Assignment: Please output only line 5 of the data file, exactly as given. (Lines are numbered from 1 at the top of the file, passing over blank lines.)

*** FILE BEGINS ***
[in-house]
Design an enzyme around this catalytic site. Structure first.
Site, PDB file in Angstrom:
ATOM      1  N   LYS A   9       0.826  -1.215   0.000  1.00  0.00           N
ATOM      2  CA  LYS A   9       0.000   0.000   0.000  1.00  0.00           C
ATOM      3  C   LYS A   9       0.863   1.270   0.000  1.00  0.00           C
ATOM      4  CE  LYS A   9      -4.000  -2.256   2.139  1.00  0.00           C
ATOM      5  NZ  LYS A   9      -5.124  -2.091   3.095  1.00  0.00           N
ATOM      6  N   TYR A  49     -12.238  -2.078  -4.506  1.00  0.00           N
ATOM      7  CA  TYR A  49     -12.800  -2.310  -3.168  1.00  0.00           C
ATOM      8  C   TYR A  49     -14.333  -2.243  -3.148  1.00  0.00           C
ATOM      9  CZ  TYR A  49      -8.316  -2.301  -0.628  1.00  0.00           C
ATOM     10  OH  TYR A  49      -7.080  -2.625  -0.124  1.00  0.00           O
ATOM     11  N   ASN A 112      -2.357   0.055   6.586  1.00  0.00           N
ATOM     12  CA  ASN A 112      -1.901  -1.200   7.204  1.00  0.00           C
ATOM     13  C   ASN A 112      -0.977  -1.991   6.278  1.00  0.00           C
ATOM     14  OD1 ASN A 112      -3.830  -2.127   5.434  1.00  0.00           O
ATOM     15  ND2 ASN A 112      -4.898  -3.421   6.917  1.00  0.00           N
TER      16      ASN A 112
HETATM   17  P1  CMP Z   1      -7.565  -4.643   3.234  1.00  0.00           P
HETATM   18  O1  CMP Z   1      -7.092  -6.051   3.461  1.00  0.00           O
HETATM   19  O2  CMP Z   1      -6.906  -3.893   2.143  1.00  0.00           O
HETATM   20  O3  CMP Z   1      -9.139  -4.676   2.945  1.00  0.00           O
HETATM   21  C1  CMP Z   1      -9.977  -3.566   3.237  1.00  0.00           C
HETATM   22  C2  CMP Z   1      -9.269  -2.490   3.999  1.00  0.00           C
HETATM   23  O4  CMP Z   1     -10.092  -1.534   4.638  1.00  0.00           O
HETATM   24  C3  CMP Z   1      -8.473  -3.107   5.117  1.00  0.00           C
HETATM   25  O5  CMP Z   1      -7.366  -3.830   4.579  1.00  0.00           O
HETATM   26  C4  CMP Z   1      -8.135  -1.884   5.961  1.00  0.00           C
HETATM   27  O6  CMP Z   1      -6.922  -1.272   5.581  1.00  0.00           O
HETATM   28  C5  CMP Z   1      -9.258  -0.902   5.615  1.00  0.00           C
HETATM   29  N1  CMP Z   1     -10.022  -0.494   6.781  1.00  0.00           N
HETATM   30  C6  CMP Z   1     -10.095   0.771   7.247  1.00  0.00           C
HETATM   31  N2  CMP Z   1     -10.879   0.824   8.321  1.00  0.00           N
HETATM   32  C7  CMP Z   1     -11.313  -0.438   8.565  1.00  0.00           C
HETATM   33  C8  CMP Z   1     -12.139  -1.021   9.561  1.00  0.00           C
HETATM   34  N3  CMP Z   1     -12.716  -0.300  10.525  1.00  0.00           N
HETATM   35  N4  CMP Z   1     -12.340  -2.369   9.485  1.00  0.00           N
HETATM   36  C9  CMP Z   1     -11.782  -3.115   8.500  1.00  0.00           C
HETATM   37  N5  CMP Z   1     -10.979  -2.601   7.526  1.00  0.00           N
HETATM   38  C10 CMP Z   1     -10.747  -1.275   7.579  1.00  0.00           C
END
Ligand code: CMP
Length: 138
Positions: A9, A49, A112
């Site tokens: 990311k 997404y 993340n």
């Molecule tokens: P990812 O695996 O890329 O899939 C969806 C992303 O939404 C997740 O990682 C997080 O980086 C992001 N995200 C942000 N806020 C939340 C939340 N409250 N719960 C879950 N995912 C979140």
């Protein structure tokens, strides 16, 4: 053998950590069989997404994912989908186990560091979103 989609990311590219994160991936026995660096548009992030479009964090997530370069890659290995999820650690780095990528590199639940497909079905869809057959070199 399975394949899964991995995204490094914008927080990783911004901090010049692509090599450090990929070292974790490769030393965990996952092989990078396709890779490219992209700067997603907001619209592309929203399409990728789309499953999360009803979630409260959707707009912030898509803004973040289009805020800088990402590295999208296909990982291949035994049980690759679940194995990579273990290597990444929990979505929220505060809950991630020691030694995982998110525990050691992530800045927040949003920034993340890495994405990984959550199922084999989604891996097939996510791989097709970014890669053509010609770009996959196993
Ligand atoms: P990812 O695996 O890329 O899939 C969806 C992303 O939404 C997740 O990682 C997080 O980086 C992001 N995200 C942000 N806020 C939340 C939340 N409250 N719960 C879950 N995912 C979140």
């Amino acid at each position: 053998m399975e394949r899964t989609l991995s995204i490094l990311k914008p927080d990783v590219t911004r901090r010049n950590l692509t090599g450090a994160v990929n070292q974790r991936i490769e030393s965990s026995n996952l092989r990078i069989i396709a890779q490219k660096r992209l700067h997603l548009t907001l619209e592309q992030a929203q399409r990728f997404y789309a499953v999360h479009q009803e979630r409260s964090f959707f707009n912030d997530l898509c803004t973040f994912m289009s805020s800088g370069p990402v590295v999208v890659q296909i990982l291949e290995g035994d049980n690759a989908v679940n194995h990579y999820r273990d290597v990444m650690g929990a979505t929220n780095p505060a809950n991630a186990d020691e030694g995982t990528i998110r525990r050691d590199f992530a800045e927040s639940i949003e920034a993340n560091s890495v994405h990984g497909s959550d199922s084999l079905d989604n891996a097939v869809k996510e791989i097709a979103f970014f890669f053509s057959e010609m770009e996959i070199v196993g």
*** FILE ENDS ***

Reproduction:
ATOM      2  CA  LYS A   9       0.000   0.000   0.000  1.00  0.00           C